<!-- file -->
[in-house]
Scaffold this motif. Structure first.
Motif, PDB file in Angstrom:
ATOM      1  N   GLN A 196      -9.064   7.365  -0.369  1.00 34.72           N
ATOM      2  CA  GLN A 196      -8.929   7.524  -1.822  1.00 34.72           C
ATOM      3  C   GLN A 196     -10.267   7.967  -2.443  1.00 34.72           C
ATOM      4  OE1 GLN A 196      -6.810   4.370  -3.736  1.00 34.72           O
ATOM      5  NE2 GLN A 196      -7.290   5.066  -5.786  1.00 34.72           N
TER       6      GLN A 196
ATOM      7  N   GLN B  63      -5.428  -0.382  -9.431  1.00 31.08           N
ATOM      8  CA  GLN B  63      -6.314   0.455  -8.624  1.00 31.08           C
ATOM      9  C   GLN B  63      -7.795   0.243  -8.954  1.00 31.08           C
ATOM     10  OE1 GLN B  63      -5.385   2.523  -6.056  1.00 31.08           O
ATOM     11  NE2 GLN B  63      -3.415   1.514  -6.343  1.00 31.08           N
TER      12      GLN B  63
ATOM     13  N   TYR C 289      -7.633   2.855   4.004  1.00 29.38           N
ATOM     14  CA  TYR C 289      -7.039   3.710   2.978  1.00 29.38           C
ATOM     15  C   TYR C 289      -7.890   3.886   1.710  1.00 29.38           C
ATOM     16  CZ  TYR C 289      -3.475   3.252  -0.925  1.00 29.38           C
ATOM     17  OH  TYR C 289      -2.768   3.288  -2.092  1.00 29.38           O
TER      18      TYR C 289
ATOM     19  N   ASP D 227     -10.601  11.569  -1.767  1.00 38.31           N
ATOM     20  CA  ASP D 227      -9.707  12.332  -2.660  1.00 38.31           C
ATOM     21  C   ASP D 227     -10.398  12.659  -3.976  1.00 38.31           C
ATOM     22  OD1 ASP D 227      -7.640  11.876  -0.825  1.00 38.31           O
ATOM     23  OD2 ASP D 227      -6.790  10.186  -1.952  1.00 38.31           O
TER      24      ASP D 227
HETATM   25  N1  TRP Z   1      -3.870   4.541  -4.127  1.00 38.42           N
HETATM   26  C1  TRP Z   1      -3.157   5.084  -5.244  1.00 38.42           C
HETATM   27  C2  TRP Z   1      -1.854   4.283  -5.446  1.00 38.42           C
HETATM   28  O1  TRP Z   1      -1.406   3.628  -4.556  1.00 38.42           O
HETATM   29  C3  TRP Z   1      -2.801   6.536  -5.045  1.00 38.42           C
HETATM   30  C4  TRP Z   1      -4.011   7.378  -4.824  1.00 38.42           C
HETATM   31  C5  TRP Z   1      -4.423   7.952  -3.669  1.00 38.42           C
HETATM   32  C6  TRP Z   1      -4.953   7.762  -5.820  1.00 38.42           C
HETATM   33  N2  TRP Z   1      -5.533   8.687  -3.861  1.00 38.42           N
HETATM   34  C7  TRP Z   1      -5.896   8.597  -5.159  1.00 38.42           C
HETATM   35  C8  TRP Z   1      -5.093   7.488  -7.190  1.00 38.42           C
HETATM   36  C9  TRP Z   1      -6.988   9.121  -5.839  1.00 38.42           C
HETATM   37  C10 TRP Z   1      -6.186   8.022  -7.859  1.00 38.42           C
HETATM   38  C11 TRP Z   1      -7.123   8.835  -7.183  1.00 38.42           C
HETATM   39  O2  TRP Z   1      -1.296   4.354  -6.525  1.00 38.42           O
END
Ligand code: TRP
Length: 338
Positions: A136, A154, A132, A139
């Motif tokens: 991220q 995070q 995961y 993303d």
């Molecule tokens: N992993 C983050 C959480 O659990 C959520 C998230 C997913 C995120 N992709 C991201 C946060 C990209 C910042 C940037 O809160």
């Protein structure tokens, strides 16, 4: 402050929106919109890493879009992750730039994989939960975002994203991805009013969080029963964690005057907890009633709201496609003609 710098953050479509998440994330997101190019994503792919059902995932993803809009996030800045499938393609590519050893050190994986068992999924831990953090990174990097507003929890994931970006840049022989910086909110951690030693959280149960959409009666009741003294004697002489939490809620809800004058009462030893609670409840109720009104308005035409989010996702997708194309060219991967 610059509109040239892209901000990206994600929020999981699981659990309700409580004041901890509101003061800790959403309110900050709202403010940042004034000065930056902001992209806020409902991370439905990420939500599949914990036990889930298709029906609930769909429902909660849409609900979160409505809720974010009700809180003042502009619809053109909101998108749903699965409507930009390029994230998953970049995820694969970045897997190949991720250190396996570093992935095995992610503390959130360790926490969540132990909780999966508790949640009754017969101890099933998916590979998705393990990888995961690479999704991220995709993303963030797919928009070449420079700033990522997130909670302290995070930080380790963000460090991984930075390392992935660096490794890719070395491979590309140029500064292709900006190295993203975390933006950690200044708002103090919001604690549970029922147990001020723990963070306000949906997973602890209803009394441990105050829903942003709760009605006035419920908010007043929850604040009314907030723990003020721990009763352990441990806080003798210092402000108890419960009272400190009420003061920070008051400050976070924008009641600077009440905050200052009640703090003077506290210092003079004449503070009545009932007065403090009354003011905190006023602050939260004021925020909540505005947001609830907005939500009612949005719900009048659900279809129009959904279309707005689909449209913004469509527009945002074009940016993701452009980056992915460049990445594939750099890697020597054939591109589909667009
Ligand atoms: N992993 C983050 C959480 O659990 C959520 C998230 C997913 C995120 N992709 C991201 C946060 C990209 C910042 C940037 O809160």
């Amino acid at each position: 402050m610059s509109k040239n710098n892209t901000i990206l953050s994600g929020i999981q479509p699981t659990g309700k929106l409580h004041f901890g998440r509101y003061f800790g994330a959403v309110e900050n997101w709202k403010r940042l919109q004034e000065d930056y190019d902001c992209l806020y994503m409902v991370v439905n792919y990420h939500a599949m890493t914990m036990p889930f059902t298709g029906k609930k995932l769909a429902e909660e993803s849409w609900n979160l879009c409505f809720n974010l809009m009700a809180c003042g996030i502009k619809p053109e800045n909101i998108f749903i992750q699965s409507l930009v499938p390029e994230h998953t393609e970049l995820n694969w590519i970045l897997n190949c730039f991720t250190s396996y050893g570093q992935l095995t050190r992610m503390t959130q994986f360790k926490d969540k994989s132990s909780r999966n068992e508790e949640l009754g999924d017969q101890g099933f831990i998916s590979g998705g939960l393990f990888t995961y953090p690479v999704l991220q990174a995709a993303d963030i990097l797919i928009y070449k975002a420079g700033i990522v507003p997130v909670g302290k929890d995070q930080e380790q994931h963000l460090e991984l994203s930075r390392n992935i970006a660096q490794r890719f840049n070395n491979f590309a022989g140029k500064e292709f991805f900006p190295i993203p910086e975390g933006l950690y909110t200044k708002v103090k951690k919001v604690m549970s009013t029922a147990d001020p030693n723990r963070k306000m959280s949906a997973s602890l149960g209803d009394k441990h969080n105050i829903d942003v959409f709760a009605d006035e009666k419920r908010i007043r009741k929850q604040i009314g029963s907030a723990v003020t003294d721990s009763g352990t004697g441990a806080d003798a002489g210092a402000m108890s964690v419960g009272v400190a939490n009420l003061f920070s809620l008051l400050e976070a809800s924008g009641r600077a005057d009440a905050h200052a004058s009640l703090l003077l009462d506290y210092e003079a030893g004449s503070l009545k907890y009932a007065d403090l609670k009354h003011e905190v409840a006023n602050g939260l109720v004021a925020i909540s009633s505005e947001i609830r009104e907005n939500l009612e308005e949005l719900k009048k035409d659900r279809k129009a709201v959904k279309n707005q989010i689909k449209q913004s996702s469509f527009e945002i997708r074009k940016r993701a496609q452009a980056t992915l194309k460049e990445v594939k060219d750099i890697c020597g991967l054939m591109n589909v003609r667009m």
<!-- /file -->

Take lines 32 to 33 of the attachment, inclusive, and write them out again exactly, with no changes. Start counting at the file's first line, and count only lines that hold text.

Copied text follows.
HETATM   29  C3  TRP Z   1      -2.801   6.536  -5.045  1.00 38.42           C
HETATM   30  C4  TRP Z   1      -4.011   7.378  -4.824  1.00 38.42           C